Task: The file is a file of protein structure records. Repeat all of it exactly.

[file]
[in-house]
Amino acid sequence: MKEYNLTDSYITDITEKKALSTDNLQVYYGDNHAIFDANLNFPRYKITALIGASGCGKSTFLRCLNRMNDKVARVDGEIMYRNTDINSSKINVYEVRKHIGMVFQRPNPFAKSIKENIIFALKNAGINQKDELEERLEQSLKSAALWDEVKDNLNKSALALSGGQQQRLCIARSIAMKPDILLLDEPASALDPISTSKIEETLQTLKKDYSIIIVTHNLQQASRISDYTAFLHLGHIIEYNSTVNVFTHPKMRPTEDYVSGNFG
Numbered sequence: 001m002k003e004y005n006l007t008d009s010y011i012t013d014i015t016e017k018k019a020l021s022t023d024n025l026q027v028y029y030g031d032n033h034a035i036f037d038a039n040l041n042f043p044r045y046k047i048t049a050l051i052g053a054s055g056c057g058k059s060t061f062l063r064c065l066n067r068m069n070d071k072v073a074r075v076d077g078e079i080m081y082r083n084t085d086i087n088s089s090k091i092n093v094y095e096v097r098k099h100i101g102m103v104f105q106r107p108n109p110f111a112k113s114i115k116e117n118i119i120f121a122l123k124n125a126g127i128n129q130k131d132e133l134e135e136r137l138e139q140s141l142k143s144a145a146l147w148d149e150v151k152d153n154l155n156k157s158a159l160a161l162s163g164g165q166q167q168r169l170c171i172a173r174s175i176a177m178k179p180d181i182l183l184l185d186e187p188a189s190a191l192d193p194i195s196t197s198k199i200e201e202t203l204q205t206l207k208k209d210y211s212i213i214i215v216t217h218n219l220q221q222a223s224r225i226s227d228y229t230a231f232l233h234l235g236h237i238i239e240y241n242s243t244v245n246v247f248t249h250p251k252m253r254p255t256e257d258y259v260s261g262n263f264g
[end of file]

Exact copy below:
[in-house]
Amino acid sequence: MKEYNLTDSYITDITEKKALSTDNLQVYYGDNHAIFDANLNFPRYKITALIGASGCGKSTFLRCLNRMNDKVARVDGEIMYRNTDINSSKINVYEVRKHIGMVFQRPNPFAKSIKENIIFALKNAGINQKDELEERLEQSLKSAALWDEVKDNLNKSALALSGGQQQRLCIARSIAMKPDILLLDEPASALDPISTSKIEETLQTLKKDYSIIIVTHNLQQASRISDYTAFLHLGHIIEYNSTVNVFTHPKMRPTEDYVSGNFG
Numbered sequence: 001m002k003e004y005n006l007t008d009s010y011i012t013d014i015t016e017k018k019a020l021s022t023d024n025l026q027v028y029y030g031d032n033h034a035i036f037d038a039n040l041n042f043p044r045y046k047i048t049a050l051i052g053a054s055g056c057g058k059s060t061f062l063r064c065l066n067r068m069n070d071k072v073a074r075v076d077g078e079i080m081y082r083n084t085d086i087n088s089s090k091i092n093v094y095e096v097r098k099h100i101g102m103v104f105q106r107p108n109p110f111a112k113s114i115k116e117n118i119i120f121a122l123k124n125a126g127i128n129q130k131d132e133l134e135e136r137l138e139q140s141l142k143s144a145a146l147w148d149e150v151k152d153n154l155n156k157s158a159l160a161l162s163g164g165q166q167q168r169l170c171i172a173r174s175i176a177m178k179p180d181i182l183l184l185d186e187p188a189s190a191l192d193p194i195s196t197s198k199i200e201e202t203l204q205t206l207k208k209d210y211s212i213i214i215v216t217h218n219l220q221q222a223s224r225i226s227d228y229t230a231f232l233h234l235g236h237i238i239e240y241n242s243t244v245n246v247f248t249h250p251k252m253r254p255t256e257d258y259v260s261g262n263f264g